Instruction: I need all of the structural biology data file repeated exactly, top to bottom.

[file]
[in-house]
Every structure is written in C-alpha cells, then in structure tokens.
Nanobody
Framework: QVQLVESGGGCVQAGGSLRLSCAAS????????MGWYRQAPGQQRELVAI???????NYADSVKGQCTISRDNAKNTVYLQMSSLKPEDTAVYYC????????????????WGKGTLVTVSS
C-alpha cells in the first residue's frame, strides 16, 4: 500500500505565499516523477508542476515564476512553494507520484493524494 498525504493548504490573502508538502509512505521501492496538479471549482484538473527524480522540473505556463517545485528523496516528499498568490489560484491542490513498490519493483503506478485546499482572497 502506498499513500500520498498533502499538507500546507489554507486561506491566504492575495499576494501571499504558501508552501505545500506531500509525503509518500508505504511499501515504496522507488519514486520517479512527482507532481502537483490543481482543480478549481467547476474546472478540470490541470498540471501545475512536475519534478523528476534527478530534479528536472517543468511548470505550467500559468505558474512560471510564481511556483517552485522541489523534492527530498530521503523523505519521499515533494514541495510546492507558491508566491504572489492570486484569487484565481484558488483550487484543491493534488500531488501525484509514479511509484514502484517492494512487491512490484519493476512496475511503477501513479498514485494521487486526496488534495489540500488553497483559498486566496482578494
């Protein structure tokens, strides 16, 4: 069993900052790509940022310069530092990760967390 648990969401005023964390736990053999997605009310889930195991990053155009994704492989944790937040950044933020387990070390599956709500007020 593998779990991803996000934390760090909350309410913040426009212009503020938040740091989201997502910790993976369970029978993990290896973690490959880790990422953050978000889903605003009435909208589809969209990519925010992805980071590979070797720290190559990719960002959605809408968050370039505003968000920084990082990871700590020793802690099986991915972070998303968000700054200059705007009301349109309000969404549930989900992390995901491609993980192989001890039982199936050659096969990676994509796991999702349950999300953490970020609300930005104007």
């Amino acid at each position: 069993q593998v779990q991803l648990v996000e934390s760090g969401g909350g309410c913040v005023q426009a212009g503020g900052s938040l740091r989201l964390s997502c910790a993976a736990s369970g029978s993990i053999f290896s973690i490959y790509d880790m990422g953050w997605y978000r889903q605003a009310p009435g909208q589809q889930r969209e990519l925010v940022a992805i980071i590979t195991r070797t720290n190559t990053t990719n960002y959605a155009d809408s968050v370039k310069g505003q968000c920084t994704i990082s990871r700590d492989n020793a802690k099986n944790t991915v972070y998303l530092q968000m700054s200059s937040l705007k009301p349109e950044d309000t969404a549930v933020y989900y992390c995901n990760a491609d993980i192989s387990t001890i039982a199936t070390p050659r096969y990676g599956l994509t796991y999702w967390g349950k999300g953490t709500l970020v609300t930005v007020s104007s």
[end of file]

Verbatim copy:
[in-house]
Every structure is written in C-alpha cells, then in structure tokens.
Nanobody
Framework: QVQLVESGGGCVQAGGSLRLSCAAS????????MGWYRQAPGQQRELVAI???????NYADSVKGQCTISRDNAKNTVYLQMSSLKPEDTAVYYC????????????????WGKGTLVTVSS
C-alpha cells in the first residue's frame, strides 16, 4: 500500500505565499516523477508542476515564476512553494507520484493524494 498525504493548504490573502508538502509512505521501492496538479471549482484538473527524480522540473505556463517545485528523496516528499498568490489560484491542490513498490519493483503506478485546499482572497 502506498499513500500520498498533502499538507500546507489554507486561506491566504492575495499576494501571499504558501508552501505545500506531500509525503509518500508505504511499501515504496522507488519514486520517479512527482507532481502537483490543481482543480478549481467547476474546472478540470490541470498540471501545475512536475519534478523528476534527478530534479528536472517543468511548470505550467500559468505558474512560471510564481511556483517552485522541489523534492527530498530521503523523505519521499515533494514541495510546492507558491508566491504572489492570486484569487484565481484558488483550487484543491493534488500531488501525484509514479511509484514502484517492494512487491512490484519493476512496475511503477501513479498514485494521487486526496488534495489540500488553497483559498486566496482578494
């Protein structure tokens, strides 16, 4: 069993900052790509940022310069530092990760967390 648990969401005023964390736990053999997605009310889930195991990053155009994704492989944790937040950044933020387990070390599956709500007020 593998779990991803996000934390760090909350309410913040426009212009503020938040740091989201997502910790993976369970029978993990290896973690490959880790990422953050978000889903605003009435909208589809969209990519925010992805980071590979070797720290190559990719960002959605809408968050370039505003968000920084990082990871700590020793802690099986991915972070998303968000700054200059705007009301349109309000969404549930989900992390995901491609993980192989001890039982199936050659096969990676994509796991999702349950999300953490970020609300930005104007």
């Amino acid at each position: 069993q593998v779990q991803l648990v996000e934390s760090g969401g909350g309410c913040v005023q426009a212009g503020g900052s938040l740091r989201l964390s997502c910790a993976a736990s369970g029978s993990i053999f290896s973690i490959y790509d880790m990422g953050w997605y978000r889903q605003a009310p009435g909208q589809q889930r969209e990519l925010v940022a992805i980071i590979t195991r070797t720290n190559t990053t990719n960002y959605a155009d809408s968050v370039k310069g505003q968000c920084t994704i990082s990871r700590d492989n020793a802690k099986n944790t991915v972070y998303l530092q968000m700054s200059s937040l705007k009301p349109e950044d309000t969404a549930v933020y989900y992390c995901n990760a491609d993980i192989s387990t001890i039982a199936t070390p050659r096969y990676g599956l994509t796991y999702w967390g349950k999300g953490t709500l970020v609300t930005v007020s104007s």